Large Pleistocene Floods along the Columbia River

ResearchBlogging.orgI spent the last weeks travelling through Idaho, Montana, Washington, and Oregon, tracking evidence for the floods that shaped the landscape of the US Pacific Northwest. For most of it I was privileged to be guided by Jim O'Connor (USGS, Portland), world-class specialist in these events (sample references below). The pictures of this geological trip show erosional and depositional features produced by outburst floods during the Pleistocene, including the Missoula ice-dam collapse and the Bonneville flood. 
Snake River gorge cutting the
Flood Basalt layers, through which
the Bonneville flood discharged
Detail of the boulder field. Note preferent tilt 
of boulders towards the left, in agreement with
flow direction. More pics here and here

Rounded boulders left by the high waters of the
Bonneville flood among a Neogene basalt ridge
spillway. Flood flow in the direction of the picture
More pics here.

One thing that makes this scenario key to understand the importance of large flooding events in shaping landscape is the ubiquitous Columbia River Basalt formation (one of the largest flood basalt regions) and the Yellostone-Snake River volcanic zone. Both covered many of the areas we visited with a nearly flat layer of very fluid basalt, during the Neogene, long before the Pleistocene floods (see e.g. Fouch, Geology, 2011). The simple relief and lithological setting left by the flood basalts enhances the erosional features related to the Pleistocene water floods and the presence of vertical tectonic motions. 


Porqué sin ciencia no habrá economía

Al parecer, en España se podrían cerrar pronto centros de investigación, con toda su plantilla. Lo que ya es una realidad es que el CSIC acaba de anunciar la suspensión del pago de costes de proyecto debido al retraso en los ingresos que recibe del estado (otro artículo aquí). Eso significa que se para la investigación en los 136 centros del CSIC. No podemos pagar la publicación de un artículo, ni asistir a congresos, ni pagar gasolina para estudios de campo, ni comprar un reactivo para un experimento, a menos que lo pague el investigador de su bolsillo (y sucede, creedme). Esta situación endurece la tendencia que dura ya tres años.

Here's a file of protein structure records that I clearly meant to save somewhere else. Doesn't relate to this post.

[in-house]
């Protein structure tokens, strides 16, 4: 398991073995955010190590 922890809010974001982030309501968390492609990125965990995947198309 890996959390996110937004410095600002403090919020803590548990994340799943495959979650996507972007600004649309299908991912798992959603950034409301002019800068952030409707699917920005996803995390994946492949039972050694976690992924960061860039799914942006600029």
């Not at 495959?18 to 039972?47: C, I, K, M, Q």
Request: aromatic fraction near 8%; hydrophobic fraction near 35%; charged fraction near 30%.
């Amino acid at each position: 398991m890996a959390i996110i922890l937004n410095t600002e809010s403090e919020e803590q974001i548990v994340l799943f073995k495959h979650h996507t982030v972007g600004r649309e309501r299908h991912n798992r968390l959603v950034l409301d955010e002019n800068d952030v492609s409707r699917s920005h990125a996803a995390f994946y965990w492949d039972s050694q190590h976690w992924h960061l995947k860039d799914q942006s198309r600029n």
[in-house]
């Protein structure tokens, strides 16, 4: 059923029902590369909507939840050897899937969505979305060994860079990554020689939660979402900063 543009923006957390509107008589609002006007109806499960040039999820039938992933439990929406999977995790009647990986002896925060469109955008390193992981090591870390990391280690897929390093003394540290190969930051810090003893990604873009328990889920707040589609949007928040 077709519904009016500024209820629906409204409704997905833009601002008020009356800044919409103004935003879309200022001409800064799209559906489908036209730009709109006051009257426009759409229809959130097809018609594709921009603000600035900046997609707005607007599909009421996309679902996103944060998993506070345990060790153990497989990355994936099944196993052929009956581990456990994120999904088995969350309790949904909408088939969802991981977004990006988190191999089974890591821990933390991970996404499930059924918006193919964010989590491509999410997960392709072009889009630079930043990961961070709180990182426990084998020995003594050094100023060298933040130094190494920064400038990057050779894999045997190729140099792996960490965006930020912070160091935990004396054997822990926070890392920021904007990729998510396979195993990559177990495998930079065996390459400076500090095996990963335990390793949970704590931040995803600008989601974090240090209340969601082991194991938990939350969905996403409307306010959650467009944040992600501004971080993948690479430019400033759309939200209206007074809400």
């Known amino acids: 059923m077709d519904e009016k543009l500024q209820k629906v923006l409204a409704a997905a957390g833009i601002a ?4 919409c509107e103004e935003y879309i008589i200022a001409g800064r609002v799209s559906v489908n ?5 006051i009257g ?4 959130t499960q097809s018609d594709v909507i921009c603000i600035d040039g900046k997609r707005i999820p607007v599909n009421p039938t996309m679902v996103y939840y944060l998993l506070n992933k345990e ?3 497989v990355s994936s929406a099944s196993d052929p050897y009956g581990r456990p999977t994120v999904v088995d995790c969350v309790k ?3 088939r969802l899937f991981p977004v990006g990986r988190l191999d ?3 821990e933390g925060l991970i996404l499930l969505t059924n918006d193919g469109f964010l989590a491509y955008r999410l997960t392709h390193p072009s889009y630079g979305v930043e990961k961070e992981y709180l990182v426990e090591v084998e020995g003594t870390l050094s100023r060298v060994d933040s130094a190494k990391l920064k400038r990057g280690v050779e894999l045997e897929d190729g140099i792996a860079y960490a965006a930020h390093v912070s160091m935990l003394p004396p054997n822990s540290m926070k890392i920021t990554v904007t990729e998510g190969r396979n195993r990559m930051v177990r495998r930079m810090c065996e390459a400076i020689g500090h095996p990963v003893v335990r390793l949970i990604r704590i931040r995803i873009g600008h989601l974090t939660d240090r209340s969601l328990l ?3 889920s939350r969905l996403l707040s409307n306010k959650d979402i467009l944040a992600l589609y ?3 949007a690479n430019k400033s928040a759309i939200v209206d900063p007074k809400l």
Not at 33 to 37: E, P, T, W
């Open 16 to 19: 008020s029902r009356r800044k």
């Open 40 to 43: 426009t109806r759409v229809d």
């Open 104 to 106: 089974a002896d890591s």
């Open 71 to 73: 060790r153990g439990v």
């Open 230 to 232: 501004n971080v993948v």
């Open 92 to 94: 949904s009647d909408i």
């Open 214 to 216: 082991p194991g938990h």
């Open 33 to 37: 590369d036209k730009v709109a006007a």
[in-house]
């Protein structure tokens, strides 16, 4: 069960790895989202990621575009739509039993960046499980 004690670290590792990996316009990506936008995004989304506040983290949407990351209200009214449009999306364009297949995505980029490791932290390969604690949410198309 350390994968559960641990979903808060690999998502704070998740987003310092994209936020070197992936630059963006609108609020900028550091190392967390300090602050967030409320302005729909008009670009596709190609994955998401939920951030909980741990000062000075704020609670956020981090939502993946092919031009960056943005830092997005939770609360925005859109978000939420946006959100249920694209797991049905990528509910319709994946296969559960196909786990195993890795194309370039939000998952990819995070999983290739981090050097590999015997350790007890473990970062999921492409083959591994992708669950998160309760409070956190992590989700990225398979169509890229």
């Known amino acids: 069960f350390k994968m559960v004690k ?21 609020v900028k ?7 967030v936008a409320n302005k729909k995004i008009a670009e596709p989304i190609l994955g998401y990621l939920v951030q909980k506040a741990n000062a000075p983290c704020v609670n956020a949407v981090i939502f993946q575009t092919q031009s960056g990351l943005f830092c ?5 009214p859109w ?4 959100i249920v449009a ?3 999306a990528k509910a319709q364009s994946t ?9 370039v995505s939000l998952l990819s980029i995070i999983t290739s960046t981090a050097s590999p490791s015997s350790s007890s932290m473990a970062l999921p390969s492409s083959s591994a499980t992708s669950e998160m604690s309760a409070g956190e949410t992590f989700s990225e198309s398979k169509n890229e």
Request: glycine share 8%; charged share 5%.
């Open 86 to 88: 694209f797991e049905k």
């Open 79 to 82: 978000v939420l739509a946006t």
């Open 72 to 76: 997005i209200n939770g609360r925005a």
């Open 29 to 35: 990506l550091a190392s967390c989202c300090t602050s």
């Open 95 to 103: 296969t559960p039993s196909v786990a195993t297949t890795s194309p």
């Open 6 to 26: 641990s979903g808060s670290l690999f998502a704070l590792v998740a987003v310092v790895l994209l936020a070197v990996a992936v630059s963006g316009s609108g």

¿Cómo va esto a hipotecar la economía de la próxima generación? Se ha explicado muchas veces, pero voy a poner otro breve ejemplo semi-ficticio:


Outstanding Open Questions in Geoscience - a draft

Visit the Updated version of this old draft.

[The following list responds to personal curiosity about open scientific questions that keep Earth-science researchers busy across disciplines. This is probably biased towards what has been my own field and towards Solid Earth in generalNote that this list is based on a personal draft, then completed with former studies found elsewhere (e.g., Science 125th anniv., or the NAS report Origin and evolution of Earth [pdf] [html], or this other NAS report on surface processes), and then with further ideas that came through Twitter, discussions, and from this earlier blog post (thank you all contributors!). I grouped and selected them arbitrarily following my own biased personal judgement. The references may not always be the best representative.]
Suggestions are very welcome. If you feel your field is extremely exciting but not represented here, please leave your comments below or send them via Twitter to @danigeos.

Visit the Updated version of this old draft.

Visit the Updated version of this old draft.